If there's one thing Chris Wallace at Fox News does well that most others in the press don't — at least when interviewing Democrats and liberals — it's his refusal to let a question go until his interviewee either answers it or makes it obvious to viewers that he or she won't answer.
Such an incident took place today with White House Chief of Staff Denis McDonough on Fox News Sunday (video is here). The question, which I strongly doubt was even broached on any of the left-leaning Sunday talk shows today, concerned why the Obama administration hasn't been able to apprehend the September 11, 2012 Benghazi terrorist attack ringleader (bolds are mine):
As is all too often the case, in certain matters affecting things here in the United States, if we didn't have news from Britain, we wouldn't have any real news at all.
Take "climate change" aka "global warming." At the Associated Press, Seth Borenstein on Thursday hyped the idea that man-made global warming increased the likelihood of about half," or six of 12, of "2012's wildest weather events." His "evidence"? Computer simulations. But on Friday, the UK Telegraph and Daily Mail took note of the cold, hard fact of growing Arctic ice cover, as well as its possible implications.
Following a voter-approved referendum in 2004, Oregon's constitution (Article XV, Section 5A) has stated that "... only a marriage between one man and one woman shall be valid or legally recognized as a marriage."
For some reason, that doesn't seem to matter in the "Sweet Cakes" controversy over Aaron and Melissa Klein's refusal earlier this year to bake a wedding cake for a lesbian couple's (not legally recognized) "marriage." The turned-down couple has filed a civil-rights complaint with the Civil Rights Division of the Oregon Department of Labor and Industry. In the meantime, the Kleins, who have experienced ongoing harassment and threats against anyone and everyone who might refer business to them, have closed their storefront business and are operating it out of their home. Aaron has taken employment elsewhere. No press coverage that I have seen has raised the seemingly valid issue of how the Kleins can be forced to do something in support of a ceremony, i.e., same-sex "marriage," which is not legally sanctioned and could construed to be an illegal act.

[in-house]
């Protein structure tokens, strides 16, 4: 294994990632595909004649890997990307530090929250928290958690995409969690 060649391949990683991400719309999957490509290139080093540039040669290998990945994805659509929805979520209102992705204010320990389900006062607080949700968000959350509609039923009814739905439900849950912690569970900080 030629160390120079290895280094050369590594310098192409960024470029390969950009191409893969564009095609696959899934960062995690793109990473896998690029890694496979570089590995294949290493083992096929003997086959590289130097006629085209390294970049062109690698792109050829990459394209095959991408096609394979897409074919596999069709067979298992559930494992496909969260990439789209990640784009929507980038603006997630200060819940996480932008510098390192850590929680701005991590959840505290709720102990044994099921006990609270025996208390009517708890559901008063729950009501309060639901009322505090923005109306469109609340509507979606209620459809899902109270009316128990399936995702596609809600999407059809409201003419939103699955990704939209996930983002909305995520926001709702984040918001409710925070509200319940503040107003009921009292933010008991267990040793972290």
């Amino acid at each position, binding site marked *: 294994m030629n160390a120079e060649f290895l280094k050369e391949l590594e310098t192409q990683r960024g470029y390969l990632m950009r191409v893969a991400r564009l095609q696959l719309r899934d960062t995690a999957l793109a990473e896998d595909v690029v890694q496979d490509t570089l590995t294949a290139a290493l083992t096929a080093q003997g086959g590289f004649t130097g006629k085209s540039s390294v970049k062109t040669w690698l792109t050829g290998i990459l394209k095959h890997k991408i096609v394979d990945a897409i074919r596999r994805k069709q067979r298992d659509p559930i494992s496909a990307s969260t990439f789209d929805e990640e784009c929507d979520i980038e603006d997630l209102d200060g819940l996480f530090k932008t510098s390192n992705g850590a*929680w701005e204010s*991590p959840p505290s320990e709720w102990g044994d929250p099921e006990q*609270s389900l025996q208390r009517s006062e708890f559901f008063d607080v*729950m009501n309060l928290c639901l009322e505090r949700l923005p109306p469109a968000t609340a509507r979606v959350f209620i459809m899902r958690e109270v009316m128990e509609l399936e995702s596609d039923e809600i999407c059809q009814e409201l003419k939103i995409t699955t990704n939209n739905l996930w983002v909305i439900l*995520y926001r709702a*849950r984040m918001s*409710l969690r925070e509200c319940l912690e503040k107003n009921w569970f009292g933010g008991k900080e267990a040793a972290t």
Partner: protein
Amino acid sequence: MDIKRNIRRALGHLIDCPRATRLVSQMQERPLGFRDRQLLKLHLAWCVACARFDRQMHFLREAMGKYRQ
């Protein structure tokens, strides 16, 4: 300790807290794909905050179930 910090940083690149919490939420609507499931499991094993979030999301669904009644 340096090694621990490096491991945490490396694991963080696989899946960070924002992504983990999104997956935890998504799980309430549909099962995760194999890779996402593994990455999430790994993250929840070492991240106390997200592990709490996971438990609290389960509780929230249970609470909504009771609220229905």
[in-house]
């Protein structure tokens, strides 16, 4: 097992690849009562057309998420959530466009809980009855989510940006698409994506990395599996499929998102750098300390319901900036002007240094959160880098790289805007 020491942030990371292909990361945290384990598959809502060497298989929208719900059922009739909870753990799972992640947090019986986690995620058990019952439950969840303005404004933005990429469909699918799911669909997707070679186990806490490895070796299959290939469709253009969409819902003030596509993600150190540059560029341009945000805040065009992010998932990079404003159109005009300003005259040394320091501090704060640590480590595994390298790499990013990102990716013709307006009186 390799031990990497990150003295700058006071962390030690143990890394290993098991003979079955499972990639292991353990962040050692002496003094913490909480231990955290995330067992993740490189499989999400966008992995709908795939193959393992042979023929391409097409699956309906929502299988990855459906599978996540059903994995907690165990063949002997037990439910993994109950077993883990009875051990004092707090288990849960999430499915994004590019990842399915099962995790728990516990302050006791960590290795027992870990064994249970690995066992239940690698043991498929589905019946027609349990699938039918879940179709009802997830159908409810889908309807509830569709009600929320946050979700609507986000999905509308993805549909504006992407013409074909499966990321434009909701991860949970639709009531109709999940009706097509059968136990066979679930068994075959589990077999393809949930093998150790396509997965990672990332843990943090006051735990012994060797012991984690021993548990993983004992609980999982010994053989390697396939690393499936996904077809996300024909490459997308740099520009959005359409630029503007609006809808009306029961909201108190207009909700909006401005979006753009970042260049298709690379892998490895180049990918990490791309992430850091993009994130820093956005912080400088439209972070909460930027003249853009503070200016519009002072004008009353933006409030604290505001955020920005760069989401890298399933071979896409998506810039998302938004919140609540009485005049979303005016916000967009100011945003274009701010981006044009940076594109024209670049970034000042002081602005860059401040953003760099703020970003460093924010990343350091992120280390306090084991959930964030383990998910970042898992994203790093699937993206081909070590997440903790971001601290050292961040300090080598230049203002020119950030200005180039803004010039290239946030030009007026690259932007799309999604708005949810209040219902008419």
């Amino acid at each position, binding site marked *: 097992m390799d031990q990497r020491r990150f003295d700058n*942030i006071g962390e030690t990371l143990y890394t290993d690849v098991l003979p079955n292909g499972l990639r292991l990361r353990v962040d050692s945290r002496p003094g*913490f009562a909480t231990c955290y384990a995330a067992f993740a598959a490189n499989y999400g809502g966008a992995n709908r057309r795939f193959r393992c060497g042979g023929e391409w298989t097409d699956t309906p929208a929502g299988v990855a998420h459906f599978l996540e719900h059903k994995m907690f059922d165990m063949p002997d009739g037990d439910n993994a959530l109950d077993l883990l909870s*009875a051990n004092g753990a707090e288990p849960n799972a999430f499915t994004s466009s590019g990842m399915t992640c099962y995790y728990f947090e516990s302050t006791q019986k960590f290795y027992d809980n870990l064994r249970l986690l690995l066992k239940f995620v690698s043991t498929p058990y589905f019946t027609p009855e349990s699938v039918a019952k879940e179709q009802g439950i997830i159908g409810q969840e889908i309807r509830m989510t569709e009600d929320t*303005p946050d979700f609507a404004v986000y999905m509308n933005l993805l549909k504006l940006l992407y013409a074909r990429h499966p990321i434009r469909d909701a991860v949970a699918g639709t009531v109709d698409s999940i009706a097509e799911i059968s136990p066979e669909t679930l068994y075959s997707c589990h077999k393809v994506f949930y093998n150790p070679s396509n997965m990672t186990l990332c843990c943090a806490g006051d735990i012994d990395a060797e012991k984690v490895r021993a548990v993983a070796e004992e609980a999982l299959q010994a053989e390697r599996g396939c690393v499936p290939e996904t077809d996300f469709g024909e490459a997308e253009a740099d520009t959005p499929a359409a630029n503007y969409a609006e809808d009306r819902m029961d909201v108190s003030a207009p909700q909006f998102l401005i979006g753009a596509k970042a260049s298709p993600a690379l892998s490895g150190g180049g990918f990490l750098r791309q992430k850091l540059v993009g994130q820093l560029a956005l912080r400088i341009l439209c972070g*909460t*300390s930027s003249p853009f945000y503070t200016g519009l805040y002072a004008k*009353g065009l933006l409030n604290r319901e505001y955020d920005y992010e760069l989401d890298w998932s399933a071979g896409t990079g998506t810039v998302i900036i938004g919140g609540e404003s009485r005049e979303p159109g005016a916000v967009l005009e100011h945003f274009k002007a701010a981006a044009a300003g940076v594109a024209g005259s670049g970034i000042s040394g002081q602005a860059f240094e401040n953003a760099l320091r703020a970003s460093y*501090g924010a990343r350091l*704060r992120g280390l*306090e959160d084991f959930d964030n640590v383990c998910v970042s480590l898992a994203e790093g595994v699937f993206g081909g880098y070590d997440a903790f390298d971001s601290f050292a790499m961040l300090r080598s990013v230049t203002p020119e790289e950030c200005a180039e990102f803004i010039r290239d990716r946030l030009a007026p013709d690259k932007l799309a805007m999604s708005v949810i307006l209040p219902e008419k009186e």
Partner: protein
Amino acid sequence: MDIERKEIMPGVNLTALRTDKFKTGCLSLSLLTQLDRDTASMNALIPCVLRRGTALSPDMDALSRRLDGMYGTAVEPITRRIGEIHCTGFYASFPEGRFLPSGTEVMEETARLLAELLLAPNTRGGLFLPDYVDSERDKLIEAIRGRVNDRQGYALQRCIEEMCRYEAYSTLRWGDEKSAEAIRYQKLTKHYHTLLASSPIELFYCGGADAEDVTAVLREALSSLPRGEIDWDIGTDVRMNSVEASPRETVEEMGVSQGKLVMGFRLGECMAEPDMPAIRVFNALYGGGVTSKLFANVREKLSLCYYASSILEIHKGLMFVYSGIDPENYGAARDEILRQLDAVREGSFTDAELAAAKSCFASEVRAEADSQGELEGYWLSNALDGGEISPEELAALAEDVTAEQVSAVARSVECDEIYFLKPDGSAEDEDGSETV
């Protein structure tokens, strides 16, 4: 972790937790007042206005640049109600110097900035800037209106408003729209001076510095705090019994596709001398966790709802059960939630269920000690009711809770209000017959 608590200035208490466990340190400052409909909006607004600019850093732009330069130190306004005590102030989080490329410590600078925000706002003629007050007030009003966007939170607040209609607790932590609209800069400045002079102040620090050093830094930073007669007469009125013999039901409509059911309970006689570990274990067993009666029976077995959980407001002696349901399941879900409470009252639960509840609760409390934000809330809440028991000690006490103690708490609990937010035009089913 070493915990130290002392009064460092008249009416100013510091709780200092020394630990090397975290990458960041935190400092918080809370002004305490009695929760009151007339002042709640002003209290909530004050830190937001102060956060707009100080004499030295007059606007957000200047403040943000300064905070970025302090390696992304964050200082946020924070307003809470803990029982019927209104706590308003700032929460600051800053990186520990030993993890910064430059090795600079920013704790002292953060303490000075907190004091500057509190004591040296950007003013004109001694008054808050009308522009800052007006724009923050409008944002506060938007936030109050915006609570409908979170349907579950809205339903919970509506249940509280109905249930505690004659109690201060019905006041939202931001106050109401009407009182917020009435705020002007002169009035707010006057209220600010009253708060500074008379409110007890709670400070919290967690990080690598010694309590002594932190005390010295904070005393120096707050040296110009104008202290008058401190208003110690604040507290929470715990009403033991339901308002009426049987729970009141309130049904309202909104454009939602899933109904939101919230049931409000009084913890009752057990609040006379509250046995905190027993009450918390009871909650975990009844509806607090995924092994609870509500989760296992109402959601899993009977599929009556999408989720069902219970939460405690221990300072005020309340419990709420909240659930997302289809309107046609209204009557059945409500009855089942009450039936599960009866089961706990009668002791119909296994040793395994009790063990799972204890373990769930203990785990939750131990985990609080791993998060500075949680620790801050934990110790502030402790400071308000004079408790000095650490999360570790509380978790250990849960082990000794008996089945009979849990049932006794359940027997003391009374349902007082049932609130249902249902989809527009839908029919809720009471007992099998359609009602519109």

In a Saturday afternoon dispatch, the Associated Press marred a mostly decent presentation of the August employment situation reported by the government yesterday in three ways.
The first is the story's misleading headline: "The Job Market Fed Faces: Healing But Still Ailing." Whether there's genuine healing going on is highly debatable, given that the labor force participation rate fell to 63.2 percent, its lowest level since 1978, and the clear trend towards part-time work. AP Economics Writer Paul Wiseman's treatment of that trend and another related one represent the report's other three weaknesses, as seen in the following three paragraphs (bolds are mine):
Associated Press reporter Matt Lee has been on the State Department beat for almost four years. At times, he has been one of a very few establishment press reporters who will challenge Obama administration officials when their assertions become too brazen to tolerate.
One of those times (HT Business Insider via Hot Air) occurred yesterday, when hapless State Department spokesperson Jen Psaki attempted to defend as "courageous" John Kerry's statement that the administration's non-mandatory request for a Congressional vote on U.S. military involvement in Syria:
Yesterday in Stockholm at the G20 summit, President Barack Obama said the following in regards to the use of chemical weapons in warfare: "I didn't set a red line. The world set a red line." For years, the press obsessed over the alleged untruthfulness of President George W. Bush's "16 words" ("The British Government has learned that Saddam Hussein recently sought significant quantities of uranium from Africa") in his 2003 State of the Union address. Today, the Associated Press won't even directly quote the first six of Obama's.